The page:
Jim drove on ignoring the thumbs. Get your own car, he thought. He saw her while changing the radio channel. Pretty girl in blue asking for a lift. He stopped the car.
Her car broke down she said and rambled about some meeting to attend. Jim just stared back. She reminded him a lot of his ex-wife. He opened the car door. She got in and continued grumbling about her car.
Shut up, he thought. But she didn’t. Just like his ex-wife. He felt the heat rising to his face. His right hand itched.
He regretted it later.
Here is my story for Friday Fictioneers, hosted by Rochelle. The photo was contributed by Kent Bonham.
Writing also for #WritingWednesdays from Write Tribe.
Arundhati Roy’s The Ministry of Utmost Happiness has been getting mixed reviews. And there are some reviews where the author is blasted, but doesn’t look like the reviewer has read the book. With the plethora of reviews giving all the details of the plot, characters, editing, fiction, non-fiction, anger, nothing much is left to imagination.
I had read The God of Small Things (GOST) atleast a decade ago and I had forgotten how good Arundhati Roy, the writer is. I was reading an excerpt of her story in the book ‘Where the Rain is Born’ and am amazed at her use of words. She paints a vivid picture with her minimal words. I think I should read this book again. But here are a few lines for you to sample and decide on. She writes so beautifully, I have put in multiple lines. It was difficult for me to choose the best lines. Continue reading
Ponni’s Beloved is the translation of the classic Tamil historical novel called Ponniyin Selvan written at the beginning of the 20th century by Kalki Krishnamurthy. The original book has 2400 pages split into five volumes. The book narrates the story of Arulmozhivarman (later crowned as Rajaraja Chola I), one of the kings of the Chola Dynasty during the 10th and 11th centuries. (Source : Wikipedia)
Being a translation, the plot and story is already good. But, let me add full marks to the translation. A translated book is only interesting if it catches the essence and the mood of the original without sounding like a literal translation. This one is surely well-translated. The notes and ready pointers to meanings made it easier for reading the book. In the e-book, it was easy to navigate to the meanings and get back to the story.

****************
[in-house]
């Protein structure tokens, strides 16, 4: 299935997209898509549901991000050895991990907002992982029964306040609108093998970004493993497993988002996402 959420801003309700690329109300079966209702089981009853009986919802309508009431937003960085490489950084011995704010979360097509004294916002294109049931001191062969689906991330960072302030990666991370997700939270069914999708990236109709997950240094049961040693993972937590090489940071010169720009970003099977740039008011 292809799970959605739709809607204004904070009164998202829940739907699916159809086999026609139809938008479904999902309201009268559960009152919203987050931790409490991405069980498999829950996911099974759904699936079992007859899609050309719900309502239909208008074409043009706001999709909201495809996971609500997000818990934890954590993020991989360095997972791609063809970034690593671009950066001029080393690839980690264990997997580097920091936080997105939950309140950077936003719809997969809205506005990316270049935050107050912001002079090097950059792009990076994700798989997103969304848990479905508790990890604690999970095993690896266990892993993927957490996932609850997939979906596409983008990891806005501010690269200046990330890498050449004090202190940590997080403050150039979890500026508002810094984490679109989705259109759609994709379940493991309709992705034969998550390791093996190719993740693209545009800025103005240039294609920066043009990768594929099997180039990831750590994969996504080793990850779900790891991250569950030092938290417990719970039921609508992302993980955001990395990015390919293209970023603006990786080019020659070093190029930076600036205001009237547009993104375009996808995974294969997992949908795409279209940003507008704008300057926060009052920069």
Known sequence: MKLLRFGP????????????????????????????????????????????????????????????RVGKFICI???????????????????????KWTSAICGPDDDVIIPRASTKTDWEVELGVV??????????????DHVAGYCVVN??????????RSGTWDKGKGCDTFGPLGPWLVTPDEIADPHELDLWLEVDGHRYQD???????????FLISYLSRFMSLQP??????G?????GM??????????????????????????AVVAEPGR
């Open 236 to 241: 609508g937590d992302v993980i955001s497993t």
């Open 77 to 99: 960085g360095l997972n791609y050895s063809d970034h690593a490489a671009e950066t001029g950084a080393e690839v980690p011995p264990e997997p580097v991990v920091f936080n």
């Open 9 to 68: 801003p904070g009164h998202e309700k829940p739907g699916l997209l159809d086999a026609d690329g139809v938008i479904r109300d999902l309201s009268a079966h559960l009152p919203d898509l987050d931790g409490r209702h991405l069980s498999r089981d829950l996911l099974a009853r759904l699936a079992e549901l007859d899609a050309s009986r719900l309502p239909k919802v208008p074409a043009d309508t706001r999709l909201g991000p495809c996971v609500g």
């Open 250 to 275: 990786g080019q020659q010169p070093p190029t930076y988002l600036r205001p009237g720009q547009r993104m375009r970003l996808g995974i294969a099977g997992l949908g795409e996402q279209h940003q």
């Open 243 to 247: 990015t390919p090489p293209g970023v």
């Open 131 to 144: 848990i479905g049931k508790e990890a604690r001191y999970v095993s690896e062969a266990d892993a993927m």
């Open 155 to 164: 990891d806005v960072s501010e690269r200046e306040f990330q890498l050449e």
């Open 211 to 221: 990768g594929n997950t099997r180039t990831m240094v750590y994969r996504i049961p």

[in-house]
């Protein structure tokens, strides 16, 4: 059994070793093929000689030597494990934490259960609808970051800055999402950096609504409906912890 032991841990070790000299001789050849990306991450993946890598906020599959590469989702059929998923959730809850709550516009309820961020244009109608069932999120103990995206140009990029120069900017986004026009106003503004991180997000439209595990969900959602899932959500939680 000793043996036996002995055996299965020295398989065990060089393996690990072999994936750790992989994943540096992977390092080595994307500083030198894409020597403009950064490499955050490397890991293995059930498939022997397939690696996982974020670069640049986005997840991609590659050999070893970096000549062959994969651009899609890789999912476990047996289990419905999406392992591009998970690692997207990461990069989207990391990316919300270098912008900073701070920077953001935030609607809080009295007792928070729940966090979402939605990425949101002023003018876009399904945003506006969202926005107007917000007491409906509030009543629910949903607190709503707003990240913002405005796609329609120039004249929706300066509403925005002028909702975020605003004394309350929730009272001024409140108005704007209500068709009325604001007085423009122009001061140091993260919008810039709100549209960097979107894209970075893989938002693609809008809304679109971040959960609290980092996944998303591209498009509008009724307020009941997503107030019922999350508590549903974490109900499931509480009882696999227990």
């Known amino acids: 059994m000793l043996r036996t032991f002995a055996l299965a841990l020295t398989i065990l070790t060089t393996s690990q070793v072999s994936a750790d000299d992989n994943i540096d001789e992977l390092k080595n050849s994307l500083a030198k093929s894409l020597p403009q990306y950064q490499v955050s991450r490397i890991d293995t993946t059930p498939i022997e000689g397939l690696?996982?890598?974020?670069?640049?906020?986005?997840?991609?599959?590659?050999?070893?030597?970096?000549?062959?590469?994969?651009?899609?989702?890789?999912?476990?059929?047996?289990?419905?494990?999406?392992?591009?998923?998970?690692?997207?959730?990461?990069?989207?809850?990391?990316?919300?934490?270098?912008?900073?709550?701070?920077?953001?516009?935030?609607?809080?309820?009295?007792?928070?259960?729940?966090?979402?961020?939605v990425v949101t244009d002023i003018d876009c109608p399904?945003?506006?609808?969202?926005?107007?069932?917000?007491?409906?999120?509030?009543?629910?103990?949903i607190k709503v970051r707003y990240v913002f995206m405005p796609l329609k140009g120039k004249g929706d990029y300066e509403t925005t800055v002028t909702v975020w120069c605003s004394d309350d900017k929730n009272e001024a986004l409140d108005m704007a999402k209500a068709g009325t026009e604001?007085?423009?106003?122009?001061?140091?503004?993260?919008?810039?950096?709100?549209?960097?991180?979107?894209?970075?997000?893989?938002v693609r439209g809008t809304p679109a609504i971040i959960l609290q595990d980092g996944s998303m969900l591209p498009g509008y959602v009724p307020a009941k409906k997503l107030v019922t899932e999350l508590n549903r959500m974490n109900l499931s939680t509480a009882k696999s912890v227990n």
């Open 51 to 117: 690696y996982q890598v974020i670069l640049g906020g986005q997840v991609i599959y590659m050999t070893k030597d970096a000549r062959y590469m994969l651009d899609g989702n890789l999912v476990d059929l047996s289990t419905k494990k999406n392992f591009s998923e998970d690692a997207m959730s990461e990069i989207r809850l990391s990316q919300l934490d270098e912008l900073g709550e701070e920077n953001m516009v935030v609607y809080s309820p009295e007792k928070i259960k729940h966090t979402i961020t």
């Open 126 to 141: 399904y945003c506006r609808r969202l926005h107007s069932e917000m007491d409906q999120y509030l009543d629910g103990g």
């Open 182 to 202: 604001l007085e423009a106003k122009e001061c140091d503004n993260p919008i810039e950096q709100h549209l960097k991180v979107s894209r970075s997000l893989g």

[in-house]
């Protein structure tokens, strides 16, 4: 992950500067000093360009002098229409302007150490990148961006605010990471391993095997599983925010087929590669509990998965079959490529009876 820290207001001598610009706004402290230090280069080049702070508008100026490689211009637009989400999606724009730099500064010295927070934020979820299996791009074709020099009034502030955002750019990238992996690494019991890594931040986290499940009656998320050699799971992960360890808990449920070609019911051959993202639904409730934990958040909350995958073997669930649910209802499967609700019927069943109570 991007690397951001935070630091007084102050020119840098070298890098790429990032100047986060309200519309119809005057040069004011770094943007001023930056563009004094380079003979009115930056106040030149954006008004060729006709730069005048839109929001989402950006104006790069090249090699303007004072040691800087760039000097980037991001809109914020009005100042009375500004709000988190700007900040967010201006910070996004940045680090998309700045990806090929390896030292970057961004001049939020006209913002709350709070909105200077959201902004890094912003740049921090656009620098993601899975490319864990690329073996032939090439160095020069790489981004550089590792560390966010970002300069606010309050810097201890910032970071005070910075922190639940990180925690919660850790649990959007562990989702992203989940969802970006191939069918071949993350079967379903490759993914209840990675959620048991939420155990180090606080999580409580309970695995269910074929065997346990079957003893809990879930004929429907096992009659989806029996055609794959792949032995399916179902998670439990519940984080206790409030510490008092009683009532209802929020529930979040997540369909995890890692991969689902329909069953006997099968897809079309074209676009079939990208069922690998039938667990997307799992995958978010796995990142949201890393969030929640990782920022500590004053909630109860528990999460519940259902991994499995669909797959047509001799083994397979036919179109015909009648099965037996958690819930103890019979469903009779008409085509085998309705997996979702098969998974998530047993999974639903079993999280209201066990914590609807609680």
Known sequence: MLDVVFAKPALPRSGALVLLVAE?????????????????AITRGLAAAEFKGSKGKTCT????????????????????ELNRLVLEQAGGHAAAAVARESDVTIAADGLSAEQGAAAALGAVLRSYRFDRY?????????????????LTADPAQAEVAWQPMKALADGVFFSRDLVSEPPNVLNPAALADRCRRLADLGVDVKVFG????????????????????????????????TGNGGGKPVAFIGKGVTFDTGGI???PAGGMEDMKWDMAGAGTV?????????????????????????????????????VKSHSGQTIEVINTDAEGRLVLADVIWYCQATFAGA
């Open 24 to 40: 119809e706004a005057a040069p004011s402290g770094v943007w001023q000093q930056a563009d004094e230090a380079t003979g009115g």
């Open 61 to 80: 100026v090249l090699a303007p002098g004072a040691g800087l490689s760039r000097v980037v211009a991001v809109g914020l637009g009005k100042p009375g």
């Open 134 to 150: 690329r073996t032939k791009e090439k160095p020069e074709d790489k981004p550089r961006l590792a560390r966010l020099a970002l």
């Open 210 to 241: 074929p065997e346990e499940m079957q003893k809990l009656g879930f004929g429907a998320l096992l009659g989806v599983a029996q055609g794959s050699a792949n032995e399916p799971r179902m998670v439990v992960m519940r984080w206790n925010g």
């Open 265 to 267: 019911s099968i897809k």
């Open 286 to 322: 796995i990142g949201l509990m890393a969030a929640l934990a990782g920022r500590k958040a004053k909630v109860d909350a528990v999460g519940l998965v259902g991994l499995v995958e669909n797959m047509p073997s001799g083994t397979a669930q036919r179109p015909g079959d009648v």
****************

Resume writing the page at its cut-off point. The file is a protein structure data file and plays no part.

Before reading this book, I was not aware of its Tamil origins and had never heard about it. It reinforces my faith that we should have more translations of regional books. It is not possible to know all languages but why should we not be able to read good literature. Follow the hashtag #ReadTranslations for more translated works.
I won the book ‘Love sees no Reason’ by Reshma Ranjan during the Tornado Giveaway-3. I loved the pretty cover and put it away to be read during one of those days when I feel like reading a bit of romance. I was so wrong. I should have read the book right away.
Love Sees No Reason (LSNR) is a phrase which only those who have truly loved will understand. It is illogical and listens to no reasoning. The book starts with Ria running into the arms of Suhaan, calling him Suhas and fainting. It is a bit dramatic, but it sets the tone for the rest of the book. It is one of those stories which someone like a Bollywood director would love. I had always secretly thought what it would be like if we fall in love with a twin.
Ria is in a marriage of convenience with Suraj who is having a terminal illness. She goes into the marriage with her eyes open, with the sole objective of adopting Mia from an orphanage. Again, it sounds cliche, but the Love Sees No Reason. As expected Suraj dies. Suhaan is back at the haveli to look after family interests. Ria has never met Suhaan and the scene above plays out when she meets him for the first time. Continue reading